Five weeks seems like a long time to spend in the North Cascades, but as the final days of my sabbatical from National Parks magazine approached, I realize I could’ve easily filled another five weeks… or ten… or twenty. Early days spent reading, writing, or simply thinking were replaced with attempts to see as much of the park as I could on foot, in the air, or in a canoe.
The more I hiked in the park, the more I realized there was far too much to see. So I cheated a little. North Cascades Institute staff were kind enough to connect me to John Scurlock, a local pilot and photographer who took me up in his small plane. We took off from Concrete Airport on a perfectly clear morning, and flew up to the edge of Mount Baker, where I could see climbers ascending the peak, walking in the footsteps left behind by others. We made a clockwise circle from there, with John rattling off the names of dozens of peaks—far too many for me to take in. I was amazed that one person could keep so much knowledge in his head. But as thankful as I was to see literally dozens of peaks at once (a view that earned me the envy of nearly every Institute employee), there was a part of me that just wanted to set foot on one of the glaciers, to reach out and put my hand on one of those jagged edges that seemed so close.
A few days later, I would get a chance to do just that. North Cascades Institute staff Chris and Katie asked me to join them and Kimmy, a grad student, on a backpacking trip to Black Peak. It would be my first backpacking trip ever. (People are always a little shocked to hear that the editor of National Parks magazine has never actually loaded up a backpack and trekked into the wilderness for several days; this editor prefers historic park lodges, fireplaces, and thick mattresses, like most of his readers.)
We set out just before noon, and after about 30 minutes of suffering, my legs adjusted to the additional weight, although that didn’t prevent me from encouraging everyone to take snacks from my pack, whether they were hungry or not. We were about 2 hours in, and I was lagging behind everyone else, as usual, when I saw Chris go down to the ground. A cramp or a twisted ankle? I wondered. Turned out to be much worse. She’d stepped a little too close to a boulder, the melting snow gave way underfoot, and she scraped her shin against the rock’s knife-edge, gashing her leg pretty badly. All three of my hiking companions were certified Wilderness First Responders, so they had the wound cleaned and wrapped in no time. But the trip had come to a premature end. Chris hobbled back to the car, and the three of us caught up with her after a quick summit of Maple Pass. We ended up eating dinner at Carlos 1800 in Winthrop, and sleeping in our own beds, which, honestly, wasn’t all that bad, if you ask me.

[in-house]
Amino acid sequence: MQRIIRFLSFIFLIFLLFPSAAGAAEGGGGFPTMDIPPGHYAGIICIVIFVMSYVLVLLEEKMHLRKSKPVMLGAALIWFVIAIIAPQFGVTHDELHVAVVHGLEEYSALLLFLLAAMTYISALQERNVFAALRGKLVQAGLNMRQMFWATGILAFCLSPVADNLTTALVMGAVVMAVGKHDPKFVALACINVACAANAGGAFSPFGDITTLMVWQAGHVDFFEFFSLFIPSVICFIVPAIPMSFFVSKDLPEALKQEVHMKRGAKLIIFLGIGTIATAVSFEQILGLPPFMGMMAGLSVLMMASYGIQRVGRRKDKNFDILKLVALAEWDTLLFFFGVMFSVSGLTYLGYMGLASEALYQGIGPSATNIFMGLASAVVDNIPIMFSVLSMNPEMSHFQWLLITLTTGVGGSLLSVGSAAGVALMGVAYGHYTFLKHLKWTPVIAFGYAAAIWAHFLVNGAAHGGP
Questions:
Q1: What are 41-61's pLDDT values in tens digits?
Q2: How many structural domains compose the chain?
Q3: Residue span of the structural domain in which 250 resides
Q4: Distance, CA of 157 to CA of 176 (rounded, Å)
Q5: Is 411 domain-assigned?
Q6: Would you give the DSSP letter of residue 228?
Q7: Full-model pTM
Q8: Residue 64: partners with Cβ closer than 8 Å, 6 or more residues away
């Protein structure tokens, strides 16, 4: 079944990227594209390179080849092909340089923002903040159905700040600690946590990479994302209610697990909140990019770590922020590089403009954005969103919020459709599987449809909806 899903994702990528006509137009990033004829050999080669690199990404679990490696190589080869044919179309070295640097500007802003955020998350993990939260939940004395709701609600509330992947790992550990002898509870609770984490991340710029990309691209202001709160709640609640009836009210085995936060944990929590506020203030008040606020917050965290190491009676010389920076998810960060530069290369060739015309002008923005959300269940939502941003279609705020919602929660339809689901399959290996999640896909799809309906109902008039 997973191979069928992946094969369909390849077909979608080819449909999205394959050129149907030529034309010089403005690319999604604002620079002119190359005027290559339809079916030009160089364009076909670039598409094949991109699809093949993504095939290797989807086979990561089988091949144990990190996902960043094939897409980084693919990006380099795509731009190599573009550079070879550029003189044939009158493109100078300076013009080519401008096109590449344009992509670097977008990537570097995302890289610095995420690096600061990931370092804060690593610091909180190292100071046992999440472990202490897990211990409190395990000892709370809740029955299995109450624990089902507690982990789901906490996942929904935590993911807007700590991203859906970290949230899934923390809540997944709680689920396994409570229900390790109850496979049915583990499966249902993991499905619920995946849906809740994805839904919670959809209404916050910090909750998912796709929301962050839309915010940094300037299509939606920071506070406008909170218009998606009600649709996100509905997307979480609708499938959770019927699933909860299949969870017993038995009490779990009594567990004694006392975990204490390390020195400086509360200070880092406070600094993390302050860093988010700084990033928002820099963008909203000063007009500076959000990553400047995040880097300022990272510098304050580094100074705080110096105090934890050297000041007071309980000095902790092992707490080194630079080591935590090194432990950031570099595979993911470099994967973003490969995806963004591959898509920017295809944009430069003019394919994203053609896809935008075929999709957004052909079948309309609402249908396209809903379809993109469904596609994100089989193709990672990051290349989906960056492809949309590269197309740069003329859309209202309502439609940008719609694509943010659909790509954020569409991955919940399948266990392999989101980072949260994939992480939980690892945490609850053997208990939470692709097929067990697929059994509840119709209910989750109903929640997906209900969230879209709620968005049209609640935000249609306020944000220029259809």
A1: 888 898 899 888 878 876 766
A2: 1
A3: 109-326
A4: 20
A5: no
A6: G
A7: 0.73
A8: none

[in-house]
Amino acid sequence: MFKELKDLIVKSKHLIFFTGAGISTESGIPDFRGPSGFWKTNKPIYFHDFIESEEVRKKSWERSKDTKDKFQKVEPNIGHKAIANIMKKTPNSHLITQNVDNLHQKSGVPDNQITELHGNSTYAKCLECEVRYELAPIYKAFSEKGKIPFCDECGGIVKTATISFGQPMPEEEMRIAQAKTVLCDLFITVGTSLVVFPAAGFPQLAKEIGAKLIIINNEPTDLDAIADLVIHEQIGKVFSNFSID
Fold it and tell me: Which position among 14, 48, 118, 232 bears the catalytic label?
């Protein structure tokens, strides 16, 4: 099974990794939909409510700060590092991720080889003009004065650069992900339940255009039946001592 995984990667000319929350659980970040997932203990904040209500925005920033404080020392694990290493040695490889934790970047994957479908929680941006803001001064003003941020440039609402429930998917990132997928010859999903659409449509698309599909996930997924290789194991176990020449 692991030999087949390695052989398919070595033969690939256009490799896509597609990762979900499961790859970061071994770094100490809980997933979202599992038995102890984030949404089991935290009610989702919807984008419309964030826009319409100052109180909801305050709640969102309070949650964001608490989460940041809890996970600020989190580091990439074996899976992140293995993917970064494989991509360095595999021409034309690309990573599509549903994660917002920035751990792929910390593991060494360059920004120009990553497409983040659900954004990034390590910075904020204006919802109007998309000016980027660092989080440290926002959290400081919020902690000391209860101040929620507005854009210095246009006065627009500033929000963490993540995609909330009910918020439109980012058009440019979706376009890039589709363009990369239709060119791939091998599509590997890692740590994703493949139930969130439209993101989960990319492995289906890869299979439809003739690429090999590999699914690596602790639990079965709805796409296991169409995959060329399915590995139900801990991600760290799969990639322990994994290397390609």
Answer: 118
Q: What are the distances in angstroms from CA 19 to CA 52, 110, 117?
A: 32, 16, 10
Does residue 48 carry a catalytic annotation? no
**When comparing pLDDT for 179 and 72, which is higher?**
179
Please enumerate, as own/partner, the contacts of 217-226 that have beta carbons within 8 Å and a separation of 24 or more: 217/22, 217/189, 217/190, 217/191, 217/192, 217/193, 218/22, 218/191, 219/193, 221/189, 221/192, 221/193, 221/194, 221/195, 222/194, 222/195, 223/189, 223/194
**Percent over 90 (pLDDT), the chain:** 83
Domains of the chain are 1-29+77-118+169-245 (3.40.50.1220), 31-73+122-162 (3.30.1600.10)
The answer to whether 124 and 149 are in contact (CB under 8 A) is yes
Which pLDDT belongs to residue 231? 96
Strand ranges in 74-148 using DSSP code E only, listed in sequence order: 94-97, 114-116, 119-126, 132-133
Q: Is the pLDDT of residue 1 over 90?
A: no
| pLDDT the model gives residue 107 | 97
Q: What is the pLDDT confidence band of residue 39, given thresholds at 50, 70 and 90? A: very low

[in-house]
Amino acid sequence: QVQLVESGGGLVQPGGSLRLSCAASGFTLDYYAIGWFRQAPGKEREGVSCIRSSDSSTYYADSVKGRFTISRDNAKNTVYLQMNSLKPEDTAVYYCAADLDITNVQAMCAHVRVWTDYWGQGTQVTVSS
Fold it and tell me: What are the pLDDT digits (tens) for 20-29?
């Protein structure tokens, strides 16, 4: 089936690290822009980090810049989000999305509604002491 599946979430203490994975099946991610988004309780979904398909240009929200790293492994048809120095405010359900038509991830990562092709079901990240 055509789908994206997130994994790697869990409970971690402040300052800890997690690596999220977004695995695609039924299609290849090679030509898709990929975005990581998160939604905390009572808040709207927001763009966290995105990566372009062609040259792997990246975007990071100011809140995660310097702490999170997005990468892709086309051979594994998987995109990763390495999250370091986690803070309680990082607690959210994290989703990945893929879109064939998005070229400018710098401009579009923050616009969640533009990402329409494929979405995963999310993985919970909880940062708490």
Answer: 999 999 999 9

On my last full day in the park, everyone was determined to make it special. Hike to a lookout tower? Drive to the East Side? I opted for the simple option, right in our backyard—a late-night canoe ride on Diablo Lake. Five us us set out in a big canoe, and what seemed like an hour turned into three. We explored the gorge, then finally turned around near Ross Dam, making our way back to the pier, when we noticed the water had turned to glass. So we stopped paddling, laid on our backs, stared up at the sky, and watched the stars come out one by one. We talked about everything and nothing at all. If you had to get a tattoo, what would it be, and where? What’s your favorite national park? Is Facebook evil or not? The sort of questions you discuss at a sleepover, with your best friends, until you simply can’t keep your eyes open one minute longer.
In my final hours in the North Cascades, I said goodbye to the mountains, and goodbye to the trees, goodbye to the water and the deer and the bears. And goodbye to the friends I’d made so surprisingly fast. But I’ll be back. There’s still way too much left to see.Leading photo: Looking out from a yellow 2-seater airplane, high above the mountains. All photos by the author
Scott Kirkwood is editor in chief of National Parks Magazine, a quarterly publication produced by the National Parks Conservation Association, a nonprofit advocacy organization headquartered in Washington, D.C. This is his fourth and final post in a series about spending the summer in the North Cascades National Park.